Millions of pensioners in the UK are set to be worse off after chancellor George Osborne announced a surprise raid on income tax breaks currently enjoyed by over-65s.From April 2013, people aged 65 and over will no longer receive a larger tax-free personal allowance than people of working age, as Mr Osborne looked to "simplify" the tax system.The plans will also save the government over £1 billion by 2015, according to estimates, but the proposals have been met with staunch opposition from organisations representing older people in the UK.Dr Ros Altmann, director general of Saga, said: "This budget contains an enormous stealth tax for older people. Over the next five years, pensioners with an income of between £10,000 and £24,000 will be paying an extra £3 billion in tax."Currently, over-65s enjoy a larger personal allowance than workers, with those aged between 65 and 74 not required to pay tax on any income below £10,500 from April and over-75s enjoying a personal allowance of £10,660. This compares favourably with the tax-free income threshold for those aged under 65, which is due to rise to £8,105 next month.However, from April next year, the allowances will be frozen for existing pensioners, while those retiring in the future will not be eligible - meaning that they will only benefit from the same tax-free allowance as workers.It is estimated that those approaching retirement will be worse hit and lose out on an average of £259 a year as they switch to the standard personal allowance, which will be £9,105 from April 2013.HM Revenue and Customs claim that 4.41 million people will be worse off from 2013-14 as the new regulations come into force.Joanne Segars, chief executive of the National Association of Pension Funds, said: "This will come as a blow to millions of pensioners who have paid in to the tax system throughout their working lives."Pensioners with modest amounts of pension saving stand to be the biggest losers."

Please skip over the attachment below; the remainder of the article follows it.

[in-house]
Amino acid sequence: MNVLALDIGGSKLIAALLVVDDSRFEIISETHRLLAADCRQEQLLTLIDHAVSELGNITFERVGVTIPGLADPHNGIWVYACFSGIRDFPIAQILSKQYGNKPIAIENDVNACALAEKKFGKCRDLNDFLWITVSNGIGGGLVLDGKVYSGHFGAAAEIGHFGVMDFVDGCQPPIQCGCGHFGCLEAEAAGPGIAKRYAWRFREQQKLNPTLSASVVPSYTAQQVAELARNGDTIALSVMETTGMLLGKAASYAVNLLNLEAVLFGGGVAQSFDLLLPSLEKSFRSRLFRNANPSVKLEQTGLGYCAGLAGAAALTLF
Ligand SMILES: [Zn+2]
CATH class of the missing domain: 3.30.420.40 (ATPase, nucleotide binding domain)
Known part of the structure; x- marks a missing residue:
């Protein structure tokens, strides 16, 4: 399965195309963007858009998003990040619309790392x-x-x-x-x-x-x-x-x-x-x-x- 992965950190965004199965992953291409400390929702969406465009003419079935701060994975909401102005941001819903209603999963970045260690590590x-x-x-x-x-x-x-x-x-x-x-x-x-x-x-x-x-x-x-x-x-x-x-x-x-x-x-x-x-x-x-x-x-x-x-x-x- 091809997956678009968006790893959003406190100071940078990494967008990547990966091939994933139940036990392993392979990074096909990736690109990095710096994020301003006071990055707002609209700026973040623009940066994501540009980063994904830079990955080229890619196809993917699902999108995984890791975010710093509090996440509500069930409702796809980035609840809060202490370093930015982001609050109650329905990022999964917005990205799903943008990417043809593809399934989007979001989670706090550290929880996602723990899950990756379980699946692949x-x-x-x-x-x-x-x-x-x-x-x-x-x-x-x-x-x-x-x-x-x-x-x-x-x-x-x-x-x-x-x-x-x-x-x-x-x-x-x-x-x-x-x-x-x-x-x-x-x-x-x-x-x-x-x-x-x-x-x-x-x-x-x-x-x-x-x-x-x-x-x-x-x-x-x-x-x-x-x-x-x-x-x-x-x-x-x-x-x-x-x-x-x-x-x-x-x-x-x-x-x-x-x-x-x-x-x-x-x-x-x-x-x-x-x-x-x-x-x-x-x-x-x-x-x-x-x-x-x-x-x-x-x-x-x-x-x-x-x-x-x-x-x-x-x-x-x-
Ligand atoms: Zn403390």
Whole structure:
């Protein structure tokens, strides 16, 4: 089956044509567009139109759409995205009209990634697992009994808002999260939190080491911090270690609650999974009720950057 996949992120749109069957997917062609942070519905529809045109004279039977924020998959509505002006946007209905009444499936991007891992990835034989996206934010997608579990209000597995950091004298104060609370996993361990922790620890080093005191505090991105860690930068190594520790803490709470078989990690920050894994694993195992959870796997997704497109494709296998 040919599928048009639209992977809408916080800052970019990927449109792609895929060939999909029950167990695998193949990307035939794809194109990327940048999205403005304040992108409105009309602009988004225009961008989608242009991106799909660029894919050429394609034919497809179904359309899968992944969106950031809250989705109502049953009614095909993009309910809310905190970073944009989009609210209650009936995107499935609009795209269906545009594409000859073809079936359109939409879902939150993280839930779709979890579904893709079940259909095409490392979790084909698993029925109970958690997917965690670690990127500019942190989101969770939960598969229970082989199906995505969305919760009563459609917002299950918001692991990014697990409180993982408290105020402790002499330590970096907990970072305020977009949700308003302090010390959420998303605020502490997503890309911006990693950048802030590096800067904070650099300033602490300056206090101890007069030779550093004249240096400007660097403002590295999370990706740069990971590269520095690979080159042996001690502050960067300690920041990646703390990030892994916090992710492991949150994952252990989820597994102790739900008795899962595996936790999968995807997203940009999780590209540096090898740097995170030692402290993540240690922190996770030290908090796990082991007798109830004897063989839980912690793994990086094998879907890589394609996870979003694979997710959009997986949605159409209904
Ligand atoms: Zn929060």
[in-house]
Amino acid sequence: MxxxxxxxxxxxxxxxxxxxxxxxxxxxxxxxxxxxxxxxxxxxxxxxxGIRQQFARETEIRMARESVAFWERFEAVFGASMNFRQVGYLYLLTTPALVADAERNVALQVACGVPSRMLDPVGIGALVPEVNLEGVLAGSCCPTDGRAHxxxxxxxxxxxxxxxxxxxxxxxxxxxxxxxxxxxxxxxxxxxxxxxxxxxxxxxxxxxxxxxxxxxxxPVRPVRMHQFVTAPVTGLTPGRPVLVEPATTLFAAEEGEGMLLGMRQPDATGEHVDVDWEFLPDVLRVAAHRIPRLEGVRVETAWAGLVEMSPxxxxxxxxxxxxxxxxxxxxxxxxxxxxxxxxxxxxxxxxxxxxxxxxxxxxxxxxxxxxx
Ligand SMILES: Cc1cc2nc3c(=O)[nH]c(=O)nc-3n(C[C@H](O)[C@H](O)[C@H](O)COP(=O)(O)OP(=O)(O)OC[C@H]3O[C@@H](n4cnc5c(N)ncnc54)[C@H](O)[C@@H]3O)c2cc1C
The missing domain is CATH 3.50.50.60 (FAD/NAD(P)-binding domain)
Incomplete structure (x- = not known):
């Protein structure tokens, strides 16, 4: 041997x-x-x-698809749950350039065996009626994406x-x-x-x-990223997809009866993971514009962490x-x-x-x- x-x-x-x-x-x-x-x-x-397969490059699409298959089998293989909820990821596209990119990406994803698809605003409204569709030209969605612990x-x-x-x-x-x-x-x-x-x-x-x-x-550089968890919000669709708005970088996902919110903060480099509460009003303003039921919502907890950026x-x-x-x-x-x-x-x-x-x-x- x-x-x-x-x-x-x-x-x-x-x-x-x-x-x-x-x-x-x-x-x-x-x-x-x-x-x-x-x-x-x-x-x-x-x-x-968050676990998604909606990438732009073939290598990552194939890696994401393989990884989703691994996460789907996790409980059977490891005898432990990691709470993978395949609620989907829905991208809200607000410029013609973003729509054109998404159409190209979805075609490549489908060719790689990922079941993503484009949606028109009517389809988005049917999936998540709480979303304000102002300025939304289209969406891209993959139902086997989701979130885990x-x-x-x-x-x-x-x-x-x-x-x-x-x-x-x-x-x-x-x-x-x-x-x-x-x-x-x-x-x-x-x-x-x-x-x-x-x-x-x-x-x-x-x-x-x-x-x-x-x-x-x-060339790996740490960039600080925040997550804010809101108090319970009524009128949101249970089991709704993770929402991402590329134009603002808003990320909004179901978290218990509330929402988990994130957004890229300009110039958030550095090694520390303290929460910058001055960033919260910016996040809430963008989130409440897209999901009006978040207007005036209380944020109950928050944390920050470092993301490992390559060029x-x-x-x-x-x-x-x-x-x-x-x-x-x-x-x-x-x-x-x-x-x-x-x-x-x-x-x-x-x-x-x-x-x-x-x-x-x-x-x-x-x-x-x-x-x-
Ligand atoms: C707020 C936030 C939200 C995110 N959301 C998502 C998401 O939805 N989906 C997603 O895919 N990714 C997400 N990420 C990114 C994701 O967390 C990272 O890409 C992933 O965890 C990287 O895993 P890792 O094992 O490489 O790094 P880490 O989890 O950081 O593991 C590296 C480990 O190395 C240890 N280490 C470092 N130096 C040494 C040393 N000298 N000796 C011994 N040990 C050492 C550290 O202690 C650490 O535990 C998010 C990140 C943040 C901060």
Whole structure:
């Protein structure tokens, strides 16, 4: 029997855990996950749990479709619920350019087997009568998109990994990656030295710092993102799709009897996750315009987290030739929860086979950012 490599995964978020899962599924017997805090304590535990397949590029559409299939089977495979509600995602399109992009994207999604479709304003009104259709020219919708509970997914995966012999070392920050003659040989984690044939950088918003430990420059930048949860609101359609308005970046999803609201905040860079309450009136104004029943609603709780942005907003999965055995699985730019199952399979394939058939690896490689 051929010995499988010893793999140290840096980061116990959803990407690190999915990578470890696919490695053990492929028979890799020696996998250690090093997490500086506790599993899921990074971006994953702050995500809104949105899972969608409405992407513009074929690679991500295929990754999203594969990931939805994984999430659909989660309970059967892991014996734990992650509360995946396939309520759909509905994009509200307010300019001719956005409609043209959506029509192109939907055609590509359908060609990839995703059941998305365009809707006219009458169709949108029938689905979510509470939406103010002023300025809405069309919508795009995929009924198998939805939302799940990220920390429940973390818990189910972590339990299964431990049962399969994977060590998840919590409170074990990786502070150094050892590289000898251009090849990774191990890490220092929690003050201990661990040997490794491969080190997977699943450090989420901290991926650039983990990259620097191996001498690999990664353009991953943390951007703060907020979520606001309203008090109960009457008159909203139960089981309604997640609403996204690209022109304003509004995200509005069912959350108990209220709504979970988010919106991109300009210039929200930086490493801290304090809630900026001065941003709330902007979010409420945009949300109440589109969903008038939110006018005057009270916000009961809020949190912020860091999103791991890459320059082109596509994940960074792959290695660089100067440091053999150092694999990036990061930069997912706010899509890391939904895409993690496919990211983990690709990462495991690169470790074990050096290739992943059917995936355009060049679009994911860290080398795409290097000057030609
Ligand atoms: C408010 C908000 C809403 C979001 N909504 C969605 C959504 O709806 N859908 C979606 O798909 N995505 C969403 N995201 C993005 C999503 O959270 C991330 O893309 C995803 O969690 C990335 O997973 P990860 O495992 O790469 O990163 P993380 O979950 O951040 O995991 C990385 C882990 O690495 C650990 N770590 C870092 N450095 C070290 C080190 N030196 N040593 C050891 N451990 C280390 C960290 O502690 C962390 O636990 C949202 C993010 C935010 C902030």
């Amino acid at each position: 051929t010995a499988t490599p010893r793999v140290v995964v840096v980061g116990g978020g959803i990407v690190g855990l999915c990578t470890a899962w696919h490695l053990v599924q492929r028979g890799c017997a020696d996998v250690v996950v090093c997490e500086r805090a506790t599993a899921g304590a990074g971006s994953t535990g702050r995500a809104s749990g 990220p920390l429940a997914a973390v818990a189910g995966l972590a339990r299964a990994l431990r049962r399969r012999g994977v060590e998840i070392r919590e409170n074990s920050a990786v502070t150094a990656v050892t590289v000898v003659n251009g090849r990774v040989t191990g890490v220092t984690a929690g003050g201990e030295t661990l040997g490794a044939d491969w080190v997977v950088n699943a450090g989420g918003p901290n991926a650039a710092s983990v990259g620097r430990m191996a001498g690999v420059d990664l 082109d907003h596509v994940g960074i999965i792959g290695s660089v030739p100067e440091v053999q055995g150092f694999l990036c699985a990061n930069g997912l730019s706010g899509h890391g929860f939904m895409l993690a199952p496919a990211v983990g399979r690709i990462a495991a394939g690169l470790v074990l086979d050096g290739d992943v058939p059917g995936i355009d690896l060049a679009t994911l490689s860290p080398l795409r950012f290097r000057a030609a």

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Tax allowances and state benefits